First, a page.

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    Is it just me or does that "footage" from the Dec 2nd link look really, very fake? – Onyz Dec 2 '20 at 19:16
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    I am worried about the two-meter-deep hole it drilled; won't all the cheese leak out now? – Mark Stewart Dec 2 '20 at 20:08
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So how big a telescope would it take to see a moonwalker? To get less than 2-meter (6-foot) resolution when the Moon is closest, we’d need a telescope able to resolve angles as small as 0.001 arcsecond. That translates into a diameter exceeding 100 meters (4,000 inches). And this behemoth would have to be in space, too, since atmospheric seeing limits even the biggest ground-based scopes to an angular resolution of at best a half arcsecond or so, corresponding to lunar features no smaller than about 1 km(0.6 mile).

Could you see astronauts on the Moon? - Sky & Telescope - Sky & Telescope

Even if it is a real telescope in use, the video is obviously not taken from space (e.g. birds), and the telescope is obviously not 100 metres in diameter (it's an amateur's home setup).

And even if this video wasn't obviously faked, the lander would have to have been more than a kilometre in diameter for it to be detected even as a single pixel.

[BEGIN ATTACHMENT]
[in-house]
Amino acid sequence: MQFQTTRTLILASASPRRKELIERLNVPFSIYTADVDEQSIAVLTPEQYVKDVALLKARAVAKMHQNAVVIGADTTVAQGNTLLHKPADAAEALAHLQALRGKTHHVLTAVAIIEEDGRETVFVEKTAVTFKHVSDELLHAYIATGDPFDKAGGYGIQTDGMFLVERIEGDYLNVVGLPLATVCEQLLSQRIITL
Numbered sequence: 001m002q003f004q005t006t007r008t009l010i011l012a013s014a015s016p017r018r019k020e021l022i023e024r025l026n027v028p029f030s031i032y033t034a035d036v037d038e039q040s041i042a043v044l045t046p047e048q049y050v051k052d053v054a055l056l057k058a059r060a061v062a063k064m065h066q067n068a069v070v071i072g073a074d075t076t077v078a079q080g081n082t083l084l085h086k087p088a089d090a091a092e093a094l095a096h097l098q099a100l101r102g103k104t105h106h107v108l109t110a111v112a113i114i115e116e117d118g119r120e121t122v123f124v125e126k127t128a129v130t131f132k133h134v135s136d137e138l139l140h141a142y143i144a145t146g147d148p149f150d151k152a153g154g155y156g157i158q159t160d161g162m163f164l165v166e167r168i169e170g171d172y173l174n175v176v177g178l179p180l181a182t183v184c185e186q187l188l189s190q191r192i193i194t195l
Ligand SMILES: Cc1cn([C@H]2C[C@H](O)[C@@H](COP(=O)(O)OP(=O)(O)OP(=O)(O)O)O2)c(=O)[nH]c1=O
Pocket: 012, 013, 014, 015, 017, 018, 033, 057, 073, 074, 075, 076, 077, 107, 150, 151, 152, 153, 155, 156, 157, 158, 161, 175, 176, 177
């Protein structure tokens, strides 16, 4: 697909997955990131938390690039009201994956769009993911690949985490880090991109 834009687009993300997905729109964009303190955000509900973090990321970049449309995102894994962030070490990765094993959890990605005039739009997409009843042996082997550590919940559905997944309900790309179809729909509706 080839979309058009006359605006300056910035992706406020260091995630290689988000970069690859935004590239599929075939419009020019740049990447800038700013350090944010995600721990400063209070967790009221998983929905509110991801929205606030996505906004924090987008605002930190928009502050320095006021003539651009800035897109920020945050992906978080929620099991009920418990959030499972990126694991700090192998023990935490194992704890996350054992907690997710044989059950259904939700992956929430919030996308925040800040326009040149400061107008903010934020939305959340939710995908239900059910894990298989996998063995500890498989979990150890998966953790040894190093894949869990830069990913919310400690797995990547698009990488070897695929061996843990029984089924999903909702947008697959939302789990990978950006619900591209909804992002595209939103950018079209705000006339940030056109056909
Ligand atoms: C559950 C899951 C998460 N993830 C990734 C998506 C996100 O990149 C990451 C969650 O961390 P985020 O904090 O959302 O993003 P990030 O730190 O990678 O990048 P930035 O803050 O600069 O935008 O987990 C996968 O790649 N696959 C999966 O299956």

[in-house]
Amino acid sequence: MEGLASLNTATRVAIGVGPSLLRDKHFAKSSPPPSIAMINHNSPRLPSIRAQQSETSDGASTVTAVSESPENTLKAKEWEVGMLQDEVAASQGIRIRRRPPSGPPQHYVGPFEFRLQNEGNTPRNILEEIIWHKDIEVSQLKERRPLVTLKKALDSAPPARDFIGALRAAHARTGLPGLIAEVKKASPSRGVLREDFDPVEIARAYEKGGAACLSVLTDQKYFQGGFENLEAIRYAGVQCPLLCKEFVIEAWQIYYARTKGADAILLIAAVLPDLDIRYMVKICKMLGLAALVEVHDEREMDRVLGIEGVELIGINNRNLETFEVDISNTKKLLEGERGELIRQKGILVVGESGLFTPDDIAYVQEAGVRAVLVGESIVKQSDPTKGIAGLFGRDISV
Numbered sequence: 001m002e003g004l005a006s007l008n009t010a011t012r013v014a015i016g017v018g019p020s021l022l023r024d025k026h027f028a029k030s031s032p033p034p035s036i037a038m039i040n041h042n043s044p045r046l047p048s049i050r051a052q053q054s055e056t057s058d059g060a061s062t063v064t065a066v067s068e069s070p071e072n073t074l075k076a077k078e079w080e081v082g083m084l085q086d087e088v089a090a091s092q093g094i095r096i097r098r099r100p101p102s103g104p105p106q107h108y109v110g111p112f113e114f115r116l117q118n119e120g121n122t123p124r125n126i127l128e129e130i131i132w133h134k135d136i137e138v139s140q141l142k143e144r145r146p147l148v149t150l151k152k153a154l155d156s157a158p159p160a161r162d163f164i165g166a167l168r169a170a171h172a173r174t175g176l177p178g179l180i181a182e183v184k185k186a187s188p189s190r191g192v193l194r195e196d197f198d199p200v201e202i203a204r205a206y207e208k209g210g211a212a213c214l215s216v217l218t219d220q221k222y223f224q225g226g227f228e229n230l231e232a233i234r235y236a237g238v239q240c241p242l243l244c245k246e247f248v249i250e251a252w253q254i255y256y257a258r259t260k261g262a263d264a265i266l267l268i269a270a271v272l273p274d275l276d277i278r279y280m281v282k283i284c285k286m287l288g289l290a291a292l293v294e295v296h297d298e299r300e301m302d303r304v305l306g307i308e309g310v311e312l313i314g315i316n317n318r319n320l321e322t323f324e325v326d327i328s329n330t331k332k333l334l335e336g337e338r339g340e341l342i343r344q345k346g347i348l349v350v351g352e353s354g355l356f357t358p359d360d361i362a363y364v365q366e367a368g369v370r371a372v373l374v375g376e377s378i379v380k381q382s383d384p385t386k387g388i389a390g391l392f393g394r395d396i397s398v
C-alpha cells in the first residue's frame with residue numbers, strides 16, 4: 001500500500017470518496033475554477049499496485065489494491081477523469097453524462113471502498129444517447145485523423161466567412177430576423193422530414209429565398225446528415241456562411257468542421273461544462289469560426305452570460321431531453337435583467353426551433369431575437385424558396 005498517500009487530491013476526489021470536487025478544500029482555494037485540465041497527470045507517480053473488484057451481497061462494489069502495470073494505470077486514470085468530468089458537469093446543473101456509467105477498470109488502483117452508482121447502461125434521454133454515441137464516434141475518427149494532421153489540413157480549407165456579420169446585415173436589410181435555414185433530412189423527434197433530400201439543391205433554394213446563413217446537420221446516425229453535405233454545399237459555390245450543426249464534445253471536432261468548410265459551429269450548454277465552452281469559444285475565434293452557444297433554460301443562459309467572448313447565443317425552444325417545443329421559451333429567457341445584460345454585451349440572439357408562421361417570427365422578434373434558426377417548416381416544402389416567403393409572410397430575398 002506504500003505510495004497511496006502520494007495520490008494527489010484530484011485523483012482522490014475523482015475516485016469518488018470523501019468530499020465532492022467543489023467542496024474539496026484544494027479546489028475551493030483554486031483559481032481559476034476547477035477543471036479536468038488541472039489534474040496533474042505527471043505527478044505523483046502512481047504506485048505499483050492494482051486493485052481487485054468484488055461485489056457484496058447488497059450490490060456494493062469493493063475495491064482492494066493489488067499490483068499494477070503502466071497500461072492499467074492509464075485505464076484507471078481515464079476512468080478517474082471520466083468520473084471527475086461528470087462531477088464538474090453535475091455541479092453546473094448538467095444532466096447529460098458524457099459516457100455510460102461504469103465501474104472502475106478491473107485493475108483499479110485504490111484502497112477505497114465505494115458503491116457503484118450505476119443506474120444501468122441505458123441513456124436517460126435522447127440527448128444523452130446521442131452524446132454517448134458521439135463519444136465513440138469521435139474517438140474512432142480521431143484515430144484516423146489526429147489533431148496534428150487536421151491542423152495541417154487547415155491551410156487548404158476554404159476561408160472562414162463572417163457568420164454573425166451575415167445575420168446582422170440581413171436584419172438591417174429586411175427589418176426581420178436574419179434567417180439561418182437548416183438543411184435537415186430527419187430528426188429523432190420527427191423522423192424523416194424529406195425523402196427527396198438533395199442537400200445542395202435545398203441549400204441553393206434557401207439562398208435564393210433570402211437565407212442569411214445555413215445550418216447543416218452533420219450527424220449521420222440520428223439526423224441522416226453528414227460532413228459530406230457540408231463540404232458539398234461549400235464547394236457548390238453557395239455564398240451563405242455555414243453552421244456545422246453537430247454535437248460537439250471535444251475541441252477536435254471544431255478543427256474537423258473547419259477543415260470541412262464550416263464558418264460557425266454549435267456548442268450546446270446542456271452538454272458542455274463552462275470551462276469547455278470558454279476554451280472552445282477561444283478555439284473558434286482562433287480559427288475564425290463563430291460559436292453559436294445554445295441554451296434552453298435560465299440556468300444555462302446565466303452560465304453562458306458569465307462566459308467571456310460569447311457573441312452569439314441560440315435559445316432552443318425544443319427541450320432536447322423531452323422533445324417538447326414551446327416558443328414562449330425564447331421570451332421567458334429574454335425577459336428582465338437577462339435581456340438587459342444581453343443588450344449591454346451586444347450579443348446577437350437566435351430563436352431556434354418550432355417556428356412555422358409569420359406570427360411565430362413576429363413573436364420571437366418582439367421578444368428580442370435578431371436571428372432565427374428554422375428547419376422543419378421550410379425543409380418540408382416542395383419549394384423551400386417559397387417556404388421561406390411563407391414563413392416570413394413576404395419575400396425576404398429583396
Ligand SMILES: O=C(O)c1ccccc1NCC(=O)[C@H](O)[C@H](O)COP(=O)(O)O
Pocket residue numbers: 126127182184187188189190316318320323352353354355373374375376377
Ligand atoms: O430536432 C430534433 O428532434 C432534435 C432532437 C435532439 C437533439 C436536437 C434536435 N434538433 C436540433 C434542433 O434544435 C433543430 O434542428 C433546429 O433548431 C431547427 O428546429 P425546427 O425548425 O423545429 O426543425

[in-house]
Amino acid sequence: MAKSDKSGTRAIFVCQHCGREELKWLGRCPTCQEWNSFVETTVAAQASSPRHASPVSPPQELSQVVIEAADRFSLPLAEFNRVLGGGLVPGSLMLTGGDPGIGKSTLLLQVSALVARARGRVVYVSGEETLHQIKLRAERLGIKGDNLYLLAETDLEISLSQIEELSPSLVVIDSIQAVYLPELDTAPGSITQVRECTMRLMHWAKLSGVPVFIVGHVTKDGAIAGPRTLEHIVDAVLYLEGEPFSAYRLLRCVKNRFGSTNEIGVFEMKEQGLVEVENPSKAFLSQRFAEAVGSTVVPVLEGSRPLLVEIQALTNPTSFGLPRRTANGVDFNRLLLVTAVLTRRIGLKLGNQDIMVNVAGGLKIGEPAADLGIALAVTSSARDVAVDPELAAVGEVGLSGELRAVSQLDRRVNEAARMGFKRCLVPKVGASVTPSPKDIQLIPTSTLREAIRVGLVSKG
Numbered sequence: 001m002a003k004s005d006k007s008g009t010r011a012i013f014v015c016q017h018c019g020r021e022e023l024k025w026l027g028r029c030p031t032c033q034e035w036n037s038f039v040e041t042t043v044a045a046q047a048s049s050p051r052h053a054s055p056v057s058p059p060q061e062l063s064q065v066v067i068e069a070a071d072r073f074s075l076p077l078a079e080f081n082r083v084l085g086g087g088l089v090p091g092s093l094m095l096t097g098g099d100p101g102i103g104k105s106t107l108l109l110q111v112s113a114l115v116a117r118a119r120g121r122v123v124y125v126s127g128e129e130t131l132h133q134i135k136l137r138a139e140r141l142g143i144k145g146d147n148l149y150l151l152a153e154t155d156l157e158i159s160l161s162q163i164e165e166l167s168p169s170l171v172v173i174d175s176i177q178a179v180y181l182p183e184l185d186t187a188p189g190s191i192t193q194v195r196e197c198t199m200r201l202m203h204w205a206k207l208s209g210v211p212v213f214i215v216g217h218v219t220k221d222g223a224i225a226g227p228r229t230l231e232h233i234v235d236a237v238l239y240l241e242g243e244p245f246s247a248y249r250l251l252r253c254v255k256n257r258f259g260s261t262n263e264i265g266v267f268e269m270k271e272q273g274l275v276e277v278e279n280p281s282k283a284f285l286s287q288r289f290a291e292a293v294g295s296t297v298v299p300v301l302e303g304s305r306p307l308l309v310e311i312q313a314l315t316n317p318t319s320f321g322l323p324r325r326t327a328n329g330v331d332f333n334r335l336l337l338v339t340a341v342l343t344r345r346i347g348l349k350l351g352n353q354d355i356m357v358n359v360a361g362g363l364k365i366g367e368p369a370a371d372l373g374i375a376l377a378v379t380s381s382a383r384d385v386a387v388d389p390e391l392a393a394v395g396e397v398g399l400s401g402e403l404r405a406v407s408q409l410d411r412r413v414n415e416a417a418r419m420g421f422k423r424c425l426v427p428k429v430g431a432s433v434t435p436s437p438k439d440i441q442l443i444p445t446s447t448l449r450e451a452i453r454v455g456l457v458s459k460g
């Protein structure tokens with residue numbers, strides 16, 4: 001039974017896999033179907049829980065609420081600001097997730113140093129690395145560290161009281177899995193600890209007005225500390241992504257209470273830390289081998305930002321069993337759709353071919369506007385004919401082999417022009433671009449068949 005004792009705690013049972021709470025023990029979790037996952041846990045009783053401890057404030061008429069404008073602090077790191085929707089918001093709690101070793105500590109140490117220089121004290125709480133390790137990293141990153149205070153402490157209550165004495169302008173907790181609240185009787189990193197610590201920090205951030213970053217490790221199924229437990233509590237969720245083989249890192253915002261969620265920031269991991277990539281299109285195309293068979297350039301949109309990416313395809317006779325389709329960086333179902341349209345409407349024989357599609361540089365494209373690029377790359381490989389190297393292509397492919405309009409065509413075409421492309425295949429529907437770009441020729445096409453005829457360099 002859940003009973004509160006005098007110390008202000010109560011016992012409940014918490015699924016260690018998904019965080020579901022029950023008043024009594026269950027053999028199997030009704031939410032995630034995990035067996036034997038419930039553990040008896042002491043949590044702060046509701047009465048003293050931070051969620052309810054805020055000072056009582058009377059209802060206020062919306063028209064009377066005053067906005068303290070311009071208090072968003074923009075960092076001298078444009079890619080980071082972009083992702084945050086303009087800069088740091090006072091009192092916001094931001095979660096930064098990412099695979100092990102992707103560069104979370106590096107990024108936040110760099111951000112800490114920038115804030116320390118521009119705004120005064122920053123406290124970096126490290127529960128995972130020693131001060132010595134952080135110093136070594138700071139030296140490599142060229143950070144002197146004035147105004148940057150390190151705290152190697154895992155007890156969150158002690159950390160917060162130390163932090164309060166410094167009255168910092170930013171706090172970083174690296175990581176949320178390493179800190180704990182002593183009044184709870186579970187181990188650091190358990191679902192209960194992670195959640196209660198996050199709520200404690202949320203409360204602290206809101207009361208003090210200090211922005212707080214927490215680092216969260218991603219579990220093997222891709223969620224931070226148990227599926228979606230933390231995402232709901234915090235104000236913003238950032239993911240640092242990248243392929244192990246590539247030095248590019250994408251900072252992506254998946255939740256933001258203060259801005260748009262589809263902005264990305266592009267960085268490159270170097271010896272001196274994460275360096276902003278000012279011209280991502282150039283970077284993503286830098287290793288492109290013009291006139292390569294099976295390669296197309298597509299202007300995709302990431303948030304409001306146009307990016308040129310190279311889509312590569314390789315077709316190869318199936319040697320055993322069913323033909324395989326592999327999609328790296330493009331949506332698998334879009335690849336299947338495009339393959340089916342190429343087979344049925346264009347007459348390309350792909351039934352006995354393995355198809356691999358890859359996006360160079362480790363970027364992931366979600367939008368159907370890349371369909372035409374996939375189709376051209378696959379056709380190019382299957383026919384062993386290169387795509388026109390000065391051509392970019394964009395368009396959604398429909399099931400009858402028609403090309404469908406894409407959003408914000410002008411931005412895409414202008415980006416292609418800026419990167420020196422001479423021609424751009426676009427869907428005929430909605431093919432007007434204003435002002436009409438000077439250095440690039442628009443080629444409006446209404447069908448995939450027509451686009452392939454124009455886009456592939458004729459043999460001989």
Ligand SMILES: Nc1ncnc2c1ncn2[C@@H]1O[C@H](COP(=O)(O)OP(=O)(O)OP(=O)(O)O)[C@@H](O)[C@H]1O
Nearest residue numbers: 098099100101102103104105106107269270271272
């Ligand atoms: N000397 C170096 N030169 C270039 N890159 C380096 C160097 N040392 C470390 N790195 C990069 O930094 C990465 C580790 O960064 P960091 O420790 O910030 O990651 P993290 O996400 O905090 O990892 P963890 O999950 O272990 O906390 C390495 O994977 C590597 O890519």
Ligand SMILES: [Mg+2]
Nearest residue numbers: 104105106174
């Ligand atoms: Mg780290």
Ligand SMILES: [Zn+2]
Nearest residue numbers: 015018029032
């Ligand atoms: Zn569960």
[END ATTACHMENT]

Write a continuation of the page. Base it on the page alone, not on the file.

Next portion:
• With adaptive optics, ground based telescopes can in principle reach much higher resolutions. (However, the video is clearly not from something like the VLT.) – mmeent Nov 30 '20 at 16:41
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    The car noise indicate this is in an urban area. All the adaptive optics in the world would not solve the light pollution and heat distortions to see a tiny lander. We can barely see the Apollo landing site from lunar orbit. – Schwern Nov 30 '20 at 22:16
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No

That is somebody superimposing an extremely large dot over a video of the Moon... or perhaps a concrete wall.

The scale is quite wrong

The Chang'e 5 decent module is, at most, 5 meters wide; the size of the Long March 5's payload fairing. The lander would cover about 0.0000001% of the surface. While we don't have a scale, I can safely say the dot is far, far, far too large.

For comparison, here is the Apollo 11 site.

enter image description here

Looks about the same size, right? Except that was taken by the Lunar Reconnaissance Orbiter in orbit about 100 km above the surface. The video was taken from the surface of the Earth 400,000 km away. The Chang'e 5 descent module is significantly smaller than Apollo 11, but let's assume its about the same size. For the scale to work out we have to believe an amateur telescope in daytime (chirping birds) in a populated area (motor noises) has zoomed in 4,000 times further than the LRO.

Real landings look very different

Once you watch a few real landings, its very, very easy to spot a fake. When we look at the surface of the Moon and asteroids and planets it's very difficult to get a sense of scale. Things which are "small" in the photo are very, very, very large. The surface appears to be fairly smooth. As the lander approaches more details appear, more craters within craters, which get larger as the lander descends revealing more detail and more craters within craters, until finally actual rubble is seen just before touch down.